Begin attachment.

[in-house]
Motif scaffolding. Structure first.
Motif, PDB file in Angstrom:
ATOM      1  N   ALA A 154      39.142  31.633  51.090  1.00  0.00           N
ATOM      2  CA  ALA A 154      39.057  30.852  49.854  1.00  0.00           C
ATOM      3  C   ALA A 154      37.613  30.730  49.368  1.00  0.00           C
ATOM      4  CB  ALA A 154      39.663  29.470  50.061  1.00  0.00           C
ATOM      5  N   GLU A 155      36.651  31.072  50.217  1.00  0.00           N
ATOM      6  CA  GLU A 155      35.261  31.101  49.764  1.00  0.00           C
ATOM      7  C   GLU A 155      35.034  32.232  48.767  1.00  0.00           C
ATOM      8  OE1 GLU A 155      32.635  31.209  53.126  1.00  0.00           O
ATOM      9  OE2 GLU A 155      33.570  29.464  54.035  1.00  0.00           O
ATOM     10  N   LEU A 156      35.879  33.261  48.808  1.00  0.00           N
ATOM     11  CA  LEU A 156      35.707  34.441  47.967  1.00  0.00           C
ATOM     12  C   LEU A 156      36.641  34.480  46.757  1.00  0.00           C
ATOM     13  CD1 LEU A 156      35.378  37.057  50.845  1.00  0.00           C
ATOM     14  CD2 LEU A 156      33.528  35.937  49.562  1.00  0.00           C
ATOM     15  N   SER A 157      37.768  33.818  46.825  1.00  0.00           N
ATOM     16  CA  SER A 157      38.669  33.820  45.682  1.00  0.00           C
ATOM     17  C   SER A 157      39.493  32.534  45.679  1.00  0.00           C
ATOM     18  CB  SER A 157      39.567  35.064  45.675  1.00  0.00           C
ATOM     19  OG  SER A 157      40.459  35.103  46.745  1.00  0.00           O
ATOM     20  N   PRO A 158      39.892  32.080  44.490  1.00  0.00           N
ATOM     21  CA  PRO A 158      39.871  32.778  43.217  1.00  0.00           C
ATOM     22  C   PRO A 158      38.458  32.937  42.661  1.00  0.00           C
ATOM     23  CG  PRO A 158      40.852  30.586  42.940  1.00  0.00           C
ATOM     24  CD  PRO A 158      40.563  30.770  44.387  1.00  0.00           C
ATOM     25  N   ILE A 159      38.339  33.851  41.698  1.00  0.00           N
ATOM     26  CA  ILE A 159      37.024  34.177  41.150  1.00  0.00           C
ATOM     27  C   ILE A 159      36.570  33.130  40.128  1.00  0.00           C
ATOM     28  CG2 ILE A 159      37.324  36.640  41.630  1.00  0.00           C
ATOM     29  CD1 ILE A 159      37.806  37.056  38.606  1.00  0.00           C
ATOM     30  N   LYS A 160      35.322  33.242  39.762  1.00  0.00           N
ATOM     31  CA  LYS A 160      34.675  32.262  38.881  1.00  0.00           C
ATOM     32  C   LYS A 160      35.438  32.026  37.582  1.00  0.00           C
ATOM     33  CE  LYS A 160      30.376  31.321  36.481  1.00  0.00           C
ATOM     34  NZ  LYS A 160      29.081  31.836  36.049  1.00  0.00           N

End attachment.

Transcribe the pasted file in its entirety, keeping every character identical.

[in-house]
Motif scaffolding. Structure first.
Motif, PDB file in Angstrom:
ATOM      1  N   ALA A 154      39.142  31.633  51.090  1.00  0.00           N
ATOM      2  CA  ALA A 154      39.057  30.852  49.854  1.00  0.00           C
ATOM      3  C   ALA A 154      37.613  30.730  49.368  1.00  0.00           C
ATOM      4  CB  ALA A 154      39.663  29.470  50.061  1.00  0.00           C
ATOM      5  N   GLU A 155      36.651  31.072  50.217  1.00  0.00           N
ATOM      6  CA  GLU A 155      35.261  31.101  49.764  1.00  0.00           C
ATOM      7  C   GLU A 155      35.034  32.232  48.767  1.00  0.00           C
ATOM      8  OE1 GLU A 155      32.635  31.209  53.126  1.00  0.00           O
ATOM      9  OE2 GLU A 155      33.570  29.464  54.035  1.00  0.00           O
ATOM     10  N   LEU A 156      35.879  33.261  48.808  1.00  0.00           N
ATOM     11  CA  LEU A 156      35.707  34.441  47.967  1.00  0.00           C
ATOM     12  C   LEU A 156      36.641  34.480  46.757  1.00  0.00           C
ATOM     13  CD1 LEU A 156      35.378  37.057  50.845  1.00  0.00           C
ATOM     14  CD2 LEU A 156      33.528  35.937  49.562  1.00  0.00           C
ATOM     15  N   SER A 157      37.768  33.818  46.825  1.00  0.00           N
ATOM     16  CA  SER A 157      38.669  33.820  45.682  1.00  0.00           C
ATOM     17  C   SER A 157      39.493  32.534  45.679  1.00  0.00           C
ATOM     18  CB  SER A 157      39.567  35.064  45.675  1.00  0.00           C
ATOM     19  OG  SER A 157      40.459  35.103  46.745  1.00  0.00           O
ATOM     20  N   PRO A 158      39.892  32.080  44.490  1.00  0.00           N
ATOM     21  CA  PRO A 158      39.871  32.778  43.217  1.00  0.00           C
ATOM     22  C   PRO A 158      38.458  32.937  42.661  1.00  0.00           C
ATOM     23  CG  PRO A 158      40.852  30.586  42.940  1.00  0.00           C
ATOM     24  CD  PRO A 158      40.563  30.770  44.387  1.00  0.00           C
ATOM     25  N   ILE A 159      38.339  33.851  41.698  1.00  0.00           N
ATOM     26  CA  ILE A 159      37.024  34.177  41.150  1.00  0.00           C
ATOM     27  C   ILE A 159      36.570  33.130  40.128  1.00  0.00           C
ATOM     28  CG2 ILE A 159      37.324  36.640  41.630  1.00  0.00           C
ATOM     29  CD1 ILE A 159      37.806  37.056  38.606  1.00  0.00           C
ATOM     30  N   LYS A 160      35.322  33.242  39.762  1.00  0.00           N
ATOM     31  CA  LYS A 160      34.675  32.262  38.881  1.00  0.00           C
ATOM     32  C   LYS A 160      35.438  32.026  37.582  1.00  0.00           C
ATOM     33  CE  LYS A 160      30.376  31.321  36.481  1.00  0.00           C
ATOM     34  NZ  LYS A 160      29.081  31.836  36.049  1.00  0.00           N